ALBANY, NY --Transportation Security Administration officials at Albany International Airport today unveiled a piece of steel that was salvaged from the September 11, 2001, terrorist attack on the World Trade Center.
The striking piece of steel I-beam recovered from the ruins of the World Trade Center is a powerful reminder of how important TSA’s national security mission is. The artifact is 31 inches long, 15 inches deep, 8 inches high and weighs approximately 206 pounds; however it sits vertically in the case, standing tall. The I-beam is rusted and shows damage from the attack, a visual representation of the devastation experienced in 2001. It now serves as a reminder to the men and women of TSA who remain firm in their resolve to prevent another attack.
“Looking at this piece of steel today is a stark reminder of the terrorist attacks of September 11th and it reinforces to all why TSA exists in preventing this type of attack from occurring again.” said TSA’s Upstate New York Federal Security Director Bart Johnson. “To me, and to the many dedicated security officers who work here, it reminds us why we came onboard with TSA and why each of us took an oath on our first day of service.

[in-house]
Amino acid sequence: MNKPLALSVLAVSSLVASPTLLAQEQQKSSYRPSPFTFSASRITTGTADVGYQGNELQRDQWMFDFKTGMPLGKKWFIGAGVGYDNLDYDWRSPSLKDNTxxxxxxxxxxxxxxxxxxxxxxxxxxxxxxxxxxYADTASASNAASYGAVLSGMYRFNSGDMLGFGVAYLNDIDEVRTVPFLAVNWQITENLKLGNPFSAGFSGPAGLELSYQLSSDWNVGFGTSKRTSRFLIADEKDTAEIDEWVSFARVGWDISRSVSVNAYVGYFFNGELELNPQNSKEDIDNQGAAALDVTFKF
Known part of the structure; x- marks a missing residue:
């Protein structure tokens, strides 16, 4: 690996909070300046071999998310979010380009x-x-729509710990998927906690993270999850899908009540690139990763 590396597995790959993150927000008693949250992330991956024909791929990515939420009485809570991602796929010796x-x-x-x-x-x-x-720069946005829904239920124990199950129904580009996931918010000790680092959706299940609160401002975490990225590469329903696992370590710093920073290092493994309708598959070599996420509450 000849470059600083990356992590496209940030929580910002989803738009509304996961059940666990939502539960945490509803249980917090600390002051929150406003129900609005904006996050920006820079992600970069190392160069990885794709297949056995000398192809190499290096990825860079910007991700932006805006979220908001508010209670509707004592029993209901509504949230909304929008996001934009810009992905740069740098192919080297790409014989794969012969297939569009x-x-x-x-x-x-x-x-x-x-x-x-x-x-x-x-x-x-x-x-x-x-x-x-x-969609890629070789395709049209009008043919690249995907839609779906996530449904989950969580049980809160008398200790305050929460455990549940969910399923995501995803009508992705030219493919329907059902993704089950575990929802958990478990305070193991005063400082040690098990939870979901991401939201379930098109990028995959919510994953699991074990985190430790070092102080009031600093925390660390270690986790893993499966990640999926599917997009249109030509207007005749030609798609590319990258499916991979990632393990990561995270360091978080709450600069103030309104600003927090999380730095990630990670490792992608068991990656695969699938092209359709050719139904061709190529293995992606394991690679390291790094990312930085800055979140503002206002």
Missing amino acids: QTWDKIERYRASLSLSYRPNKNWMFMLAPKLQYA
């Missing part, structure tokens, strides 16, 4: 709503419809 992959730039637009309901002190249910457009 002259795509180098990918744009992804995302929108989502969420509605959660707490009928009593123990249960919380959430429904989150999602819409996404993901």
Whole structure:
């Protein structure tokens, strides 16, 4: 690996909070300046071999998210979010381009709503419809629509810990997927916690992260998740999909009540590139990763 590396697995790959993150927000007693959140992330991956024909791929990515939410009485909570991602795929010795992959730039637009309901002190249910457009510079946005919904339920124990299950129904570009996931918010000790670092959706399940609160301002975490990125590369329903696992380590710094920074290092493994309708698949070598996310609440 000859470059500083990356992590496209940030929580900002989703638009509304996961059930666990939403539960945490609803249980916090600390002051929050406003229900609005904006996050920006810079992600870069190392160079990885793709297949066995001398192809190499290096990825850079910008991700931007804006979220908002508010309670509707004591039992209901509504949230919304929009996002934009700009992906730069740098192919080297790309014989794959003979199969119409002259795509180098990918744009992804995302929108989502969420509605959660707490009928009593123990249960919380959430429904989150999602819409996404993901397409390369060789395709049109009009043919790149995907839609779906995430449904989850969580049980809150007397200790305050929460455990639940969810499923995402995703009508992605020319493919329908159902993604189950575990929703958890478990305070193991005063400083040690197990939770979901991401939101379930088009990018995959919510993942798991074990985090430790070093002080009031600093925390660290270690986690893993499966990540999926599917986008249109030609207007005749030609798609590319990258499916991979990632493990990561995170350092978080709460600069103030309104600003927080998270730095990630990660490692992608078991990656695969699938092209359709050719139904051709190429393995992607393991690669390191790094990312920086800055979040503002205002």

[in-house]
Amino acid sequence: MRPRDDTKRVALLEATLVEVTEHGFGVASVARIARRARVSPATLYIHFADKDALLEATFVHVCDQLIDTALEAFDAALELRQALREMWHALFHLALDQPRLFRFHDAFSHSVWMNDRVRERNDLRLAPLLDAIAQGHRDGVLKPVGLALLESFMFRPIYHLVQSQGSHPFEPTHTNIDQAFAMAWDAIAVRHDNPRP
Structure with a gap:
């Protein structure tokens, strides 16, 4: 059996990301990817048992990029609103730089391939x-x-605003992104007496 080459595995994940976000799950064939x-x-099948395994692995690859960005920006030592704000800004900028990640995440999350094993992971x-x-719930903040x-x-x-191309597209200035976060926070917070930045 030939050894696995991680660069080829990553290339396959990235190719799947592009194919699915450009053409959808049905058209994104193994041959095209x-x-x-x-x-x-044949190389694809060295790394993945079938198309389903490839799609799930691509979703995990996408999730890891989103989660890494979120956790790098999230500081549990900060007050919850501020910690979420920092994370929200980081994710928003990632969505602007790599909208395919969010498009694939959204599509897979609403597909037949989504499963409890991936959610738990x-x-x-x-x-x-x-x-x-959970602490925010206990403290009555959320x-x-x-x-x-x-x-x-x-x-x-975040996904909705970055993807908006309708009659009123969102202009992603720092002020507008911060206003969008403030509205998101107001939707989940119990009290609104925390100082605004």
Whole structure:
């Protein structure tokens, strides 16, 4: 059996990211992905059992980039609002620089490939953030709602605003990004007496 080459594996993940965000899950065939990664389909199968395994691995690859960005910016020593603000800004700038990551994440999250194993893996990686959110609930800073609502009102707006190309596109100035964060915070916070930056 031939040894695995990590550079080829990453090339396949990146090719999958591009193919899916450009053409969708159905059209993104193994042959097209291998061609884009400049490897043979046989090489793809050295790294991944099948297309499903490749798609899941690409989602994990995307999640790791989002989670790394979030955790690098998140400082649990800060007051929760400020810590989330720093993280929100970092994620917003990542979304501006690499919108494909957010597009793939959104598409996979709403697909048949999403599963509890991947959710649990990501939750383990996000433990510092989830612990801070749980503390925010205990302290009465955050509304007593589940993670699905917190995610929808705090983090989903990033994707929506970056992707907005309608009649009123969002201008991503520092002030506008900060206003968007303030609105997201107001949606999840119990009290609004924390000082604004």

“This sacred piece of steel serves as a haunting memory of that day, 15 years ago. It is a day that changed our lives forever,” he said. “It is my hope that this artifact and display will always serve as a reminder to travelers as to why TSA exists and why we do what we do each day, and may it also be an inspiration to our current and future TSA officers to continue to do our best in carrying out our mission every single day.”
A memorial plaque rests in the display case with the artifact and points out that the steel beam was erected in 1968 as part of the frame of one of the two World Trade Center towers and “collapsed under the weight of events that would profoundly affect human history.” The plaque goes on to state that the beam should serve “to invite solemn reflection on the past, and summon hope for the future.”
The Albany office of TSA was awarded the artifact from the Port Authority of New York/New Jersey. It is on permanent display in a case located in the upper level of the airport terminal, adjacent to the Military Courtesy Room and is accessible for viewing by the public. Airport officials provided the display case to house the historic artifact.